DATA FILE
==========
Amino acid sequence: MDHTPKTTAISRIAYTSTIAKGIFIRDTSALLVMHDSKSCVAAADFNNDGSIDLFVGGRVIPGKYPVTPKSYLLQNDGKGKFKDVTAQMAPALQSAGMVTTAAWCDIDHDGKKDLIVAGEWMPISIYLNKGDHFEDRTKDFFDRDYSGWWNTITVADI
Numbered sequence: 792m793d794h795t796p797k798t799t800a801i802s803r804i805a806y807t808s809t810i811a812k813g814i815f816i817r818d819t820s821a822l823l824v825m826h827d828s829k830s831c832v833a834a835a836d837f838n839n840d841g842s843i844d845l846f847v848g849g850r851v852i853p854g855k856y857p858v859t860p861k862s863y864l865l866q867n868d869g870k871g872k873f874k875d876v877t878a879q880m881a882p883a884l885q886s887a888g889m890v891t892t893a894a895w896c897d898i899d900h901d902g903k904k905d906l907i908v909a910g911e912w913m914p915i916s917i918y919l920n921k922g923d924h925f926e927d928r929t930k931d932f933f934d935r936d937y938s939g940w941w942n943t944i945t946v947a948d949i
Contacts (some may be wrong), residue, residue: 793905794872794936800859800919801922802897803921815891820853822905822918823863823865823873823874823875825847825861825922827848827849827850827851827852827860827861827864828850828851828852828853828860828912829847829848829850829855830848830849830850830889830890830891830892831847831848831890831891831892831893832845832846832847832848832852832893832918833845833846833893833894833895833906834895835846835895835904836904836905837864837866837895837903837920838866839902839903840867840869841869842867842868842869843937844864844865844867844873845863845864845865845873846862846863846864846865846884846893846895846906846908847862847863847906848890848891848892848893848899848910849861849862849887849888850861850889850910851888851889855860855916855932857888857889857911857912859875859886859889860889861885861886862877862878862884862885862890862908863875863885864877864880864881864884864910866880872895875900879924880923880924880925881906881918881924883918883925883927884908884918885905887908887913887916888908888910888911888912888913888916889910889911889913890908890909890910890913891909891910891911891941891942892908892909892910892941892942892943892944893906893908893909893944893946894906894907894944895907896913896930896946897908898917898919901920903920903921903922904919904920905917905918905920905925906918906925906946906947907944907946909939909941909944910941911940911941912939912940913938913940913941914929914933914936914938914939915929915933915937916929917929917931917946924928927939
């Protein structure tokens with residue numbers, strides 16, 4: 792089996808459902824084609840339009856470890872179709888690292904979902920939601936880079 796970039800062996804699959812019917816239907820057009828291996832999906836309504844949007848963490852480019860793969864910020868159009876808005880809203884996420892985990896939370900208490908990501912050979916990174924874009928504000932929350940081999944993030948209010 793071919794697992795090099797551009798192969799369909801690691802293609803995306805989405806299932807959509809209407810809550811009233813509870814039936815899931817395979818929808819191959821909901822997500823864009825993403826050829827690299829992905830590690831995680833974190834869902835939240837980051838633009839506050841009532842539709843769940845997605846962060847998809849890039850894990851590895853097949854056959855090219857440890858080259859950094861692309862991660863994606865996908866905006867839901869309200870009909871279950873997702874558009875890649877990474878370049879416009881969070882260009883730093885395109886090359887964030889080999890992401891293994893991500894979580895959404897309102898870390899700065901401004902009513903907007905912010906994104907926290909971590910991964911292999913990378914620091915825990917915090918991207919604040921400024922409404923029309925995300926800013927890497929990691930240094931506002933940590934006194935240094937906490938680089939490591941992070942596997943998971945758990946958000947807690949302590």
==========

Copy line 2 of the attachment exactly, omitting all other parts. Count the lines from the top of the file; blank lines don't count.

Numbered sequence: 792m793d794h795t796p797k798t799t800a801i802s803r804i805a806y807t808s809t810i811a812k813g814i815f816i817r818d819t820s821a822l823l824v825m826h827d828s829k830s831c832v833a834a835a836d837f838n839n840d841g842s843i844d845l846f847v848g849g850r851v852i853p854g855k856y857p858v859t860p861k862s863y864l865l866q867n868d869g870k871g872k873f874k875d876v877t878a879q880m881a882p883a884l885q886s887a888g889m890v891t892t893a894a895w896c897d898i899d900h901d902g903k904k905d906l907i908v909a910g911e912w913m914p915i916s917i918y919l920n921k922g923d924h925f926e927d928r929t930k931d932f933f934d935r936d937y938s939g940w941w942n943t944i945t946v947a948d949i